Trade Usage in the Courts: The Flawed Conceptual and Evidentiary Basis of Article 2’s Incorporation Strategy
University of Chicago Law School
January 10, 2014
Northwestern University Law Review, Forthcoming
University of Chicago Coase-Sandor Institute for Law & Economics Research Paper No. 669
U of Chicago, Public Law Working Paper No. 452
This paper draws on an empirical study of every trade usage case decided under the Uniform Commercial Code from 1970 to 2007 to revisit the debate over the desirability of the incorporation strategy, the interpretive approach that directs courts to look to course of dealing, course of performance and usage of trade to interpret contracts and fill contractual gaps. Although the strategy is generally defended on the grounds that it will reduce specification costs without unduly increasing interpretive error costs, the data presented in the paper show that the empirical assumptions on which this defense is based are empirically false. More specifically, it shows that contrary to the claims of incorporation's defenders, usages are not typically demonstrated through the introduction of “objective evidence” such as expert witness testimony, industry trade codes, or statistical evidence that a particular practice is widely observed. Rather, they are most commonly established solely through the testimony of the parties or their employees. Moreover, there is not a single case in the study in which the regularity with which a practice is observed is demonstrated through statistical evidence rather than mere assertion. Together with additional data demonstrating the frequency with which usages are permitted to trump written contractual provisions (thus requiring parties to fortify their contracts with multiple terms designed to fend off usage based interpretation), the study’s findings suggest that: (1) the strategy is likely to increase contract specification costs, and (2) the interpretive error costs introduced by incorporating usage are likely to be far higher than previously recognized. The paper then draws on this more accurate picture of the way the incorporation strategy really works in practice to explore the reasons that the conceptual basis of the arguments for incorporating trade usage are also deeply flawed, particularly when applied to contracts between large multiagent firms in the modern outsourced economy. The data and arguments the paper presents add to the growing literature in defense of neo-formalist approaches to contract interpretation, at least in contracts among businesses.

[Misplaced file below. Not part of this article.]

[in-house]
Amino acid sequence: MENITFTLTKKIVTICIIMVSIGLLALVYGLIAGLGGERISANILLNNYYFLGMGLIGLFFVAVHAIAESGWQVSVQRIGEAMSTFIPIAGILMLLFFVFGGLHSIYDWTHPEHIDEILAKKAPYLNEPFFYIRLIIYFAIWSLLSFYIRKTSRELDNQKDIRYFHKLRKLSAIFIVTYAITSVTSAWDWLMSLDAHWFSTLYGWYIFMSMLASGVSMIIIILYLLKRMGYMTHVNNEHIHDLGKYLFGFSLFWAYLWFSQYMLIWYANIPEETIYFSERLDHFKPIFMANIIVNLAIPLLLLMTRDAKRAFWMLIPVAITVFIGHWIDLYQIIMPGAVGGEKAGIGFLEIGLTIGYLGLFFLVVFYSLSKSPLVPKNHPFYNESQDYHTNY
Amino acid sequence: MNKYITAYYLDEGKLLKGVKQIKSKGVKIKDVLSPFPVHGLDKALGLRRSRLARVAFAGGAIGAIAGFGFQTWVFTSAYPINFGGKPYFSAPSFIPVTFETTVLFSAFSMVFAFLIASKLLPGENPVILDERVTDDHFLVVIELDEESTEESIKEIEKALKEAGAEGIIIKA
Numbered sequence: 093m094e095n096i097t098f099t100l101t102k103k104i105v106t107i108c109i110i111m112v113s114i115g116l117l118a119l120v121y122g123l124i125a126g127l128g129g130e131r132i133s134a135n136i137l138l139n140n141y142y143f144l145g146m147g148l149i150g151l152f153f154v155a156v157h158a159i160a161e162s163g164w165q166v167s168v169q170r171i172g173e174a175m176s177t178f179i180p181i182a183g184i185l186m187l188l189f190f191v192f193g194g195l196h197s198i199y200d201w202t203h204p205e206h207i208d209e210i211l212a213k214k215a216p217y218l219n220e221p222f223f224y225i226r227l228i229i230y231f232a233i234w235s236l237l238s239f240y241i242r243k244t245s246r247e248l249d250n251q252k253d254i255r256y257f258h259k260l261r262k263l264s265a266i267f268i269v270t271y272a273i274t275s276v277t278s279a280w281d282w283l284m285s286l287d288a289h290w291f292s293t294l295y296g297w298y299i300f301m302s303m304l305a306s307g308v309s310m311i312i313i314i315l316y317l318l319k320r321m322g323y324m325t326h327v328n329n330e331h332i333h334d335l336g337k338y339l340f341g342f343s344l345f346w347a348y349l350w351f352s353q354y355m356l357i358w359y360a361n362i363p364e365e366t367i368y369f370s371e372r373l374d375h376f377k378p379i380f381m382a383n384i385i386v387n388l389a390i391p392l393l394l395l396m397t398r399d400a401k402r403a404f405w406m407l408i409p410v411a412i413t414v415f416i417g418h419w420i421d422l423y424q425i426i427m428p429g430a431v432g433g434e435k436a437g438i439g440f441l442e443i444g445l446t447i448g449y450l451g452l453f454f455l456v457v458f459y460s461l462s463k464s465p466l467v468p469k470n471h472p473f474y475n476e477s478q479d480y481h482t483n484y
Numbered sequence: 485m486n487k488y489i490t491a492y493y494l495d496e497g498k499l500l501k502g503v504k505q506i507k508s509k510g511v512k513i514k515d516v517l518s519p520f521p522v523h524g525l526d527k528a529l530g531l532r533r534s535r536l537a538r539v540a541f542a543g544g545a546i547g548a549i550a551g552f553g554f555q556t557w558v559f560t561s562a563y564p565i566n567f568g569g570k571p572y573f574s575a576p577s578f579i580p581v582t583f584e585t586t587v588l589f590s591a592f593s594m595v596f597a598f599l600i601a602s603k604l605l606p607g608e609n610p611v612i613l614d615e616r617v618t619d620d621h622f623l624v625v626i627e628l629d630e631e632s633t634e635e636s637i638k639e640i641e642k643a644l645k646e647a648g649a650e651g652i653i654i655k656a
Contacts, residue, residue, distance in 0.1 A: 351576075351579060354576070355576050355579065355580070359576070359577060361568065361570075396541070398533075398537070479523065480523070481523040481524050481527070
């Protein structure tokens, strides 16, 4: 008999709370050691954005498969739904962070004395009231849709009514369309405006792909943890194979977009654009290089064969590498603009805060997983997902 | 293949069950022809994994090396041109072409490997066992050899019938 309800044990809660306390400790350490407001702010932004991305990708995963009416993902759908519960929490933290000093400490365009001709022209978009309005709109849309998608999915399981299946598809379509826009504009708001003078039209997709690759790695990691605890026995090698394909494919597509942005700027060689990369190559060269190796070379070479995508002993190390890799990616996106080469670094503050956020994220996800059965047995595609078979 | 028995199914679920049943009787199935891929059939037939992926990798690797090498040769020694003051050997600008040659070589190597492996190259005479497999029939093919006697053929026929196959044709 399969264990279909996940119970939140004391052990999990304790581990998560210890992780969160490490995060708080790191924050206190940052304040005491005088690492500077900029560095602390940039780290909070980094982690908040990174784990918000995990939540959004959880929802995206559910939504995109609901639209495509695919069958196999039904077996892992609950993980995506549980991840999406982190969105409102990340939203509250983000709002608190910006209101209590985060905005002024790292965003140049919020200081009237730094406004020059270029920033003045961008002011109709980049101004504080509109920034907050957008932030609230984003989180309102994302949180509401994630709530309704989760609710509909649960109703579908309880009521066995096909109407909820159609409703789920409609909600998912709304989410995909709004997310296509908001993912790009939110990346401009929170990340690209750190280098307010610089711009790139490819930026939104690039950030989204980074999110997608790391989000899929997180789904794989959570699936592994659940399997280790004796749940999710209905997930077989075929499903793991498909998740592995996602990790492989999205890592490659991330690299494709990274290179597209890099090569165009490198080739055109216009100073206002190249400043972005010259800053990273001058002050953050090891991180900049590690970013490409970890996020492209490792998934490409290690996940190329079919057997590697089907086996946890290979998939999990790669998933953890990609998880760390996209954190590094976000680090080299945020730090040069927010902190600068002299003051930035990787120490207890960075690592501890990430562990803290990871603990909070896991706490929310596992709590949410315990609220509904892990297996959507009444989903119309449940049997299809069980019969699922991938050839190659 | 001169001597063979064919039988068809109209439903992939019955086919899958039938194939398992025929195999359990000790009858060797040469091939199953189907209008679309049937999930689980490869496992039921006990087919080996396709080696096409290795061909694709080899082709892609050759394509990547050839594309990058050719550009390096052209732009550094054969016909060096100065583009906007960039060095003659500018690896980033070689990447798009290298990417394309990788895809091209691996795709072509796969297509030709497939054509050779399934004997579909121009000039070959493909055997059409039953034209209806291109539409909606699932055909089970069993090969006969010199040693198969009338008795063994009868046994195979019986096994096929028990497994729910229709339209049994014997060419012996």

Number of Pages in PDF File: 53
Keywords: Commerical Law, Trade Usage, Norms, Contracts, Interpetation, Formalism
Date posted: December 13, 2013 ; Last revised: April 8, 2014
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